Combining all of the extra content for Rockstar’s classic school days adventure that came in the Scholarship Edition with all-new asynchronous multiplayer arcade challenges, Bully: Anniversary Edition is available today for iOS and Android devices.
The game turns nine years old this year, and it was never much of a looker. This Unreal Engine 4 map, on the other hand, is.
Hey, look, an excuse to think about and watch Bully again.
Man, you think your class is full of zombies the Monday after a weekend. Modders have revisited the now eight-year old Bully to bring the undead to Bullworth. Can anyone survive the outbreak with a bottle-rocket gun and a bag of marbles?
Achievement hunters will do anything to get their precious 1000G...but that doesn't mean they'll always be happy about it. Case in point: Bully's "Over The Rainbow" achievement, which requires players to kiss other boys for 20g. Cue homophobia from reluctant players over on Xbox360achievements.
I've been thinking a lot about why it is that I love both 2008's Bully and 2010's Persona 3 Portable, which I've recently started playing on my Vita. Both games are set in high schools, and while I'm on the record as wanting more High School games, that's only part of the reason I like them as much as I do.
You guys all know I love Rockstar's Bully, right? I've written at length about how great it is, and how I wish that more games were set in high school. (As an addendum to that article, I am finally (finally!) playing Persona 3 Portable on the Vita, and I am loving the crap out of it.)
Continuing in our long-standing tradition (aka yesterday) of Watch This, Play This are three pieces of entertainment to stave off that bitter Valentine's Day loneliness, or that romantic dinner you totally forgot to plan but that you promised your significant other you would. Oops.
WATCH: Kicking off this Valentine's…
For most people, high school sucked. The endless questioning and self-doubt, the lack of control over your own schedule, dealing with the impossible mysteries of the opposite sex while navigating the often treacherous shoals of what amounted to a four year, walled-in social experiment. Yeah, high school sucked.
Lots of people loved Jimmy Hopkins, the squinty-eyed protagonist of Rockstar's Bully. The academic open-world title didn't set the kinds of records that a Grand Theft Auto game does but it's remained a favorite in the hearts of many gamers. In an interview with Gamasutra's Chris Morris, Rockstar co-founder Dan Houser…
Whipping rain that dots your screen in a firefight. Fog that hides lingering zombies. Sheets of ice that cause you car to spin out of control. Weather can be an important part of video games. Over the years there have been some amazing takes on gameplay-impacting weather.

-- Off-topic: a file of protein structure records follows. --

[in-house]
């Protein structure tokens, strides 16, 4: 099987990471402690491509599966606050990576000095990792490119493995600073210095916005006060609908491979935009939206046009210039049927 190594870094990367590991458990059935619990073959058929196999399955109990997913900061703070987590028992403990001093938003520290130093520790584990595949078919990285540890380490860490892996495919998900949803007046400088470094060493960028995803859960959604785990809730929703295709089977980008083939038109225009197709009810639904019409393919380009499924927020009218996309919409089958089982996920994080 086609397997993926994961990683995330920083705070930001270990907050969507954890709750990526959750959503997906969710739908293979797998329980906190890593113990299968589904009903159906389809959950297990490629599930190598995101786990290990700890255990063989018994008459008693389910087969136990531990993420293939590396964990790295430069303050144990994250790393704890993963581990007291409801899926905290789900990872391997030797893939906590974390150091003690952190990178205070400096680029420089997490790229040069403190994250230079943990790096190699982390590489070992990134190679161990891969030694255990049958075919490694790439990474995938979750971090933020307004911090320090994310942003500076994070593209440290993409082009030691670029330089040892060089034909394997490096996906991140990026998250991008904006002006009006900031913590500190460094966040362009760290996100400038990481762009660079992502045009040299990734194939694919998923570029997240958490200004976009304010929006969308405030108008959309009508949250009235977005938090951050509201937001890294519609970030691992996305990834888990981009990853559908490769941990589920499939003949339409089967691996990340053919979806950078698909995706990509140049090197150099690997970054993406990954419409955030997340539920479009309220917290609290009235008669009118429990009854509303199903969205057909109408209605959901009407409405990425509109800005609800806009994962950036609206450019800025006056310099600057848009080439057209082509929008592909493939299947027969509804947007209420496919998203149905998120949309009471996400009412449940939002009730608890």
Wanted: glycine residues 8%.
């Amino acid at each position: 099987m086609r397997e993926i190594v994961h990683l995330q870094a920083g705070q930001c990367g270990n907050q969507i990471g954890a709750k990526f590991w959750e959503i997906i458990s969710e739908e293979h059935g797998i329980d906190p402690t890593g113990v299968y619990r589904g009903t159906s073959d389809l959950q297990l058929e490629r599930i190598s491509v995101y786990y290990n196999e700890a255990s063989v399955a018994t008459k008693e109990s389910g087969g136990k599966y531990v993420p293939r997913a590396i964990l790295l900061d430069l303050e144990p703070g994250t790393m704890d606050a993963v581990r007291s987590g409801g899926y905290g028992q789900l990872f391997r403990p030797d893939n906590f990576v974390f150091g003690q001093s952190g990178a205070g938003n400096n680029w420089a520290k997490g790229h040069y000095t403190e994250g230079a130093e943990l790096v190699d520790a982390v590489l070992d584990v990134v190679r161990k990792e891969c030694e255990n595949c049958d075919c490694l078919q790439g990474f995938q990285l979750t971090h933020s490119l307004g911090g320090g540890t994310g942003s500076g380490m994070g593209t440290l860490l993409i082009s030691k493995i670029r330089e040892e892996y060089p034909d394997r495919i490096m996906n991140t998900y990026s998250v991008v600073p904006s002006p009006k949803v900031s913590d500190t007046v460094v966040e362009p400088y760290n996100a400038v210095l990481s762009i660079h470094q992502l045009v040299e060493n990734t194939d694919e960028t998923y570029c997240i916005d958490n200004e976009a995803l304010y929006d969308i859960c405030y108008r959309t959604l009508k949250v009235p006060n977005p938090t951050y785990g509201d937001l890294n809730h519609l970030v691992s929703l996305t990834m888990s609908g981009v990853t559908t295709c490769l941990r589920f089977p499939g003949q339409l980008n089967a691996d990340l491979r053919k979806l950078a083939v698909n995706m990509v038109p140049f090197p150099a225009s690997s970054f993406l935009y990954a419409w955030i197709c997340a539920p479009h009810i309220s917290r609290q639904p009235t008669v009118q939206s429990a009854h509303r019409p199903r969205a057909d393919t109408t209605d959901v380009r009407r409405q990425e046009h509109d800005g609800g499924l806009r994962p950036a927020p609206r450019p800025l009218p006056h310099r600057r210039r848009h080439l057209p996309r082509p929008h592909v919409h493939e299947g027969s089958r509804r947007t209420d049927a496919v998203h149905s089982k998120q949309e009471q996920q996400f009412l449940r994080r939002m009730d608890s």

You may recall Casey Heynes, the chunky kid who was tired of being bullied and became an icon. Now he's immortalized—overmortalized?—in this video that mixes back in all the sound and visual effects we all heard in our mind when we first watched Casey piledrive his bully into the schoolyard concrete. [via Calm Down…
With a built-in exercise bike and a sweet slingshot controller, this conceptual arcade cabinet from Kotaku reader Cobra would be the ultimate way to play Rockstar's school days sandbox game Bully.
Red Dead Redemption came out last week and while I know I'm going to buy it, I'd be lying if I said I wasn't somewhat hesitant to do so.
Rockstar released sandbox title Bully on the PlayStation 2 back in 2006 and later ported the title to the Xbox 360, Windows and the Nintendo Wii. Set in a school environment, the PS2 version sold 1.5 million copies.
In it, Short recounts her first brush with Fable II's romantic interaction system. She was told non-playable characters would have gifts for her, so she mistook the ring icon above a villager's head as being the thing that would be gifted to her if she raised their relationship stats. It's an easy mistake to make, I…
Jamie King and Gary Formeman, who founded Rockstar Games with three others, are teaming up with former Image Metrics and NBC execs to create a new video game studio.
Mothers have it tough in video games – they get killed off, turned evil, or their children leave the nest to save the world. And their kids probably don't call home often enough.